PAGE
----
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On the fly

By Jason Lesley
Coastal Observer

Three generations of the McLaurin family — Don, Barnes and 10-year-old Keane — went flyfishing together for the first time at Hobcaw Barony this summer.

None of them seemed to mind that they didn’t catch a fish, even though they paid guide Steve Thomas $300 for the half-day outing. The opportunity to fish in Hobcaw is a rare treat for the Charleston fishermen, who spend time together at the McLaurin home in DeBordieu during the summers.

The fact that they didn’t hook an elusive spottail bass — called redfish in other places — was not a surprise to fishing guide Mark Young of Hagley Estates. “I tell everybody it’s the toughest game in town,” he said. “That being said, the reward is just fantastic.”

Thomas, the McLaurins’ guide, has fished around the world and has a reverence for the pristine Hobcaw marshland fed by North Inlet. When the textile business went south, he went to Alaska and worked as a salmon fishing guide. He returned to the South Carolina coast and recognized there was something special about Hobcaw. He approached the Belle Baruch Foundation about setting up a fishing program. “They said let us set up a program and you run it for us,” said Thomas, who guides clients to the marshgrass flats at the southern end of the Barony from May to October when the fish come in to eat fiddler crabs. “Very visual,” Thomas calls the experience of fishing the marsh grass on high tide.

Fishing trips to Hobcaw with Thomas or his associate, Young, are strictly catch-and-release. The trip is more about the experience. “The only way I keep a fish,” Thomas said, “is if it’s legal size — 15 to 23 inches — and it’s hurt real bad. I only kept one, and I led it around on a string for three hours and it was still living.” Young has his own respect for the Barony. “I think that place is sacred ground,” he said. “With it being kept in a pristine state, every time I go in there and get in the water I wonder when was the last time another person set foot here. It could have been a hundred years, a thousand years. Who knows? It’s extremely special.”

When Thomas and his party arrive at the end of the causeway near the Barony’s observation tower, a southwestern wind is keeping the tide at bay. “If it was a northeast wind, we’d be covered up already,” he said, pointing to the dunes that define the entry to North Inlet.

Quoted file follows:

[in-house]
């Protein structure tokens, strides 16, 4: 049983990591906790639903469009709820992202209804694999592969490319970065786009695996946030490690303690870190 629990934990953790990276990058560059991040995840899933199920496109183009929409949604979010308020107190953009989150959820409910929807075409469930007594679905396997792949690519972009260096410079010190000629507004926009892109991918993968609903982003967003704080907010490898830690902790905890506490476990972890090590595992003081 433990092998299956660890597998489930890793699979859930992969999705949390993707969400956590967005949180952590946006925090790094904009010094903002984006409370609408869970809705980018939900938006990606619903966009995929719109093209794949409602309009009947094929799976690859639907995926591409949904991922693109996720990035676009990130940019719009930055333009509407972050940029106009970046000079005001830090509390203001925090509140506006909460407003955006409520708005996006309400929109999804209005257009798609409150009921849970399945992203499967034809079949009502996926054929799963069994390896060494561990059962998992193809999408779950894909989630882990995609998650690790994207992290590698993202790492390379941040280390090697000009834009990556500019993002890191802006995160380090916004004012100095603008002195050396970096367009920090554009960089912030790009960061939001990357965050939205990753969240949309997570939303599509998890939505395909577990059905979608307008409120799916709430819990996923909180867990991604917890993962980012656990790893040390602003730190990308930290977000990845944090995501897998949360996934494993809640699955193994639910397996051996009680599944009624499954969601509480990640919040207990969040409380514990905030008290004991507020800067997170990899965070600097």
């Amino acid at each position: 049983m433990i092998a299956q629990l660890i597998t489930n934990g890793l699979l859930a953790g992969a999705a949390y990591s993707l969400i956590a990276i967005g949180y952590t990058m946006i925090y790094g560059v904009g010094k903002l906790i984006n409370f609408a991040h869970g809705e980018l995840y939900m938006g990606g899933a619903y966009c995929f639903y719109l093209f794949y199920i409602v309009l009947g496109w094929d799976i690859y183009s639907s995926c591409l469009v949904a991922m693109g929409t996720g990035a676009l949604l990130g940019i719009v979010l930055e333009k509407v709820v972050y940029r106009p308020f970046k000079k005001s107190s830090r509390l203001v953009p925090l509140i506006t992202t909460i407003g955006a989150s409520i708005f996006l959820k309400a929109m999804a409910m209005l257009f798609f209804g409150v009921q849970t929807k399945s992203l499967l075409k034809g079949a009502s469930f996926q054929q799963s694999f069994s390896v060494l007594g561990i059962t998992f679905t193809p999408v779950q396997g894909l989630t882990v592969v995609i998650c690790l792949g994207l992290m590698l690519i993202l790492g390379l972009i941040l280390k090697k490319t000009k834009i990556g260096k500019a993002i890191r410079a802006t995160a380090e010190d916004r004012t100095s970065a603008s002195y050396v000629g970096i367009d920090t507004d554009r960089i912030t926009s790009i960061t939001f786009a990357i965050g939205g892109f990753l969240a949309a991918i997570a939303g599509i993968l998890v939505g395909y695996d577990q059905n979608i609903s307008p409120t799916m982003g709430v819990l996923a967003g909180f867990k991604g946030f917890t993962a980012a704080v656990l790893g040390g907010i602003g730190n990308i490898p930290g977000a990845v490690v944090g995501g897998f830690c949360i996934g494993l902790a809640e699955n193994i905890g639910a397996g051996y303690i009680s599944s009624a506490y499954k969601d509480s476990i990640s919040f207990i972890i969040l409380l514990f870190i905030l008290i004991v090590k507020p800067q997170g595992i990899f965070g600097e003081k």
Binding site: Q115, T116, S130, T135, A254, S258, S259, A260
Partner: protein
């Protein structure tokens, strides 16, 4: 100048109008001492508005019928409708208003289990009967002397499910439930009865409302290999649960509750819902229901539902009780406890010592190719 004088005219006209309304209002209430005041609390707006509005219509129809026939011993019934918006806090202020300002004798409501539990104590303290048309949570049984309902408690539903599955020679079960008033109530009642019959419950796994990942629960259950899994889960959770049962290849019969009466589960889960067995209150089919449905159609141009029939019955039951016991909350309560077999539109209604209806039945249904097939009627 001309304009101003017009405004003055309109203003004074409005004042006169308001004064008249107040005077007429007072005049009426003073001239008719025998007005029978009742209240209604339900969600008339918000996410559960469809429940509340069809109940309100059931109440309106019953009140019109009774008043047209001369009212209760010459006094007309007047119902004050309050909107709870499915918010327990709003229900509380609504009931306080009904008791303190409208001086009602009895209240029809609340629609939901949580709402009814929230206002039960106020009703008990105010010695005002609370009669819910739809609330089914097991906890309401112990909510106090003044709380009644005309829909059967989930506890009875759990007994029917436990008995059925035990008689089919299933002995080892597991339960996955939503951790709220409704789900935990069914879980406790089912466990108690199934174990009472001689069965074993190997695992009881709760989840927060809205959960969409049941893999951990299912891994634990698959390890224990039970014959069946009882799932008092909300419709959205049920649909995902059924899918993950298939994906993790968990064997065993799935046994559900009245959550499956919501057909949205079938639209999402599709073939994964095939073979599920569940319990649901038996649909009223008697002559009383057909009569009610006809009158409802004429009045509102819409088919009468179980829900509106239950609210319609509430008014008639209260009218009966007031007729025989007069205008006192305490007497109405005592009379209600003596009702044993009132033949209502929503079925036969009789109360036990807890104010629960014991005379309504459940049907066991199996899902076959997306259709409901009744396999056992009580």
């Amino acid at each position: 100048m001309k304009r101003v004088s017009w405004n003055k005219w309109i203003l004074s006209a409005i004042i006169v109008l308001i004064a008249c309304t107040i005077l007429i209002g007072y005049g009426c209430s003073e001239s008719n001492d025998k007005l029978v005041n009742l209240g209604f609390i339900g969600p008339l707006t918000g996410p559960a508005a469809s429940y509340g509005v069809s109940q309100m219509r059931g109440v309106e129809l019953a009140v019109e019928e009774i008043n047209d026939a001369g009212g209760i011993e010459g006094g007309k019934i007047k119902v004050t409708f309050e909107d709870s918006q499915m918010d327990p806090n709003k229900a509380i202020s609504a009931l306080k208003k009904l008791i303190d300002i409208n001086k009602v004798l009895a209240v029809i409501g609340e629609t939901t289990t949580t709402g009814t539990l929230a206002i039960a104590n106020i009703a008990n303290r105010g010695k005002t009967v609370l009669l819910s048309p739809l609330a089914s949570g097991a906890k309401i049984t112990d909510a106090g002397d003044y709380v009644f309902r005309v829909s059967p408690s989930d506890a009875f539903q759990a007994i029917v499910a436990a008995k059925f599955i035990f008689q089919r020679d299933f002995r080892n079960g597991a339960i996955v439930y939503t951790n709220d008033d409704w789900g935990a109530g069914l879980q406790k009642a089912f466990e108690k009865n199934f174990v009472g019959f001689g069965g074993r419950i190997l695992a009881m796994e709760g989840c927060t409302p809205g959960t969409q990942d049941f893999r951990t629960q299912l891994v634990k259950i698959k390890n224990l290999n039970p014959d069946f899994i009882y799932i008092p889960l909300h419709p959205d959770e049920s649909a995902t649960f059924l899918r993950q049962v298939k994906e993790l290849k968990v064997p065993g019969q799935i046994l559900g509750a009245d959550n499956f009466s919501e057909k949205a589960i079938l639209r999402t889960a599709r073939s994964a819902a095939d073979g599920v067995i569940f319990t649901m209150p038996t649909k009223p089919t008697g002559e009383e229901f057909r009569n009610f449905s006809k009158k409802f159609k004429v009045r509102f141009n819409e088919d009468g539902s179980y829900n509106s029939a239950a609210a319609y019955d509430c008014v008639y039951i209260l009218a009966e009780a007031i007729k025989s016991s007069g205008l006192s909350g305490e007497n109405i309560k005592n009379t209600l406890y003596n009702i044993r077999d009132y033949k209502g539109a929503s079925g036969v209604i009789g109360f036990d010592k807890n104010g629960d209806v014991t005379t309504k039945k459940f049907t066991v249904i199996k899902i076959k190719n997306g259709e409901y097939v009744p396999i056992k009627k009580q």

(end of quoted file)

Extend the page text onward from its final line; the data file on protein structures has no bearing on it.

The spottail bass is a relentless predator that favors fiddler and blue crabs hiding in mud. The S.C. Department of Natural Resources says crabs make up 68 percent of the fish’s diet in summer. Thomas says he and his fishing party will wade into the marsh, sight fishing. “We’re not just going out there and stand, hoping one comes by,” he said. “We’re going to be walking and looking for tails up in the air where they’ve got their head down on the bottom feeding, normally, on fiddler crabs.”

The fish is concentrating so hard on its own prey that it fails to recognize a predator with a fly rod. “This is as much like hunting as it is like fishing,” Thomas said. “It’s like slipping through the woods and trying to find a deer. You can get fairly close when he’s got his head on the bottom. He’s got the water all stirred up. When that tail goes down and he starts to move off, you strip the line. You don’t strip the fly toward the fish. Fish are not used to the bait swimming toward them. They are used to it swimming away. We are trying to simulate the prey-predator response from the fish. If he’s cruising, looking for something, you see a bow wake. Throw 4 or 5 feet in front of him, let him get to it and move the fly.”

The fly is part of the beauty of the sport. Young ties dozens of different ones in his home office at Hagley and sells most of them through Pawleys Island Outdoors. “There is no bait made by man that comes alive when you put in the water like a fly does,” Young said. “They look like they are alive, they are breathing in the current. It’s a game to figure out what the fish wants: the colors, weight, size, all those things.”

He learned his trade on the Great Lakes, and met Thomas while working at the Orvis store in Myrtle Beach.

“For whatever reason,” Young said, “we just hit it off from Day One. We’ve been best friends since.”

A licensed guide, Young has taken some clients fishing when Thomas was overloaded. More and more people want to try it. “The attraction for me, and for most everybody,” Young said, “is that all fish live in beautiful places. Normally, you are in a situation where you are sight fishing. You are hunting them. When they expose their position, it’s up to you to get a fly in there. The difficulty is dealing with the wind. Uniquely at Hobcaw, we are at a disadvantage because your line can get hung up in the grass. It’s the most difficult flyfishing I’ve done.”

Young tells fishermen they are throwing a line, not a fly. “Everybody loves to watch a beautiful caster,” Young said. “We all think we are and find out we are not. To take a piece of fur and feather and tie it on a hook and catch something, there’s just nothing else like it.”

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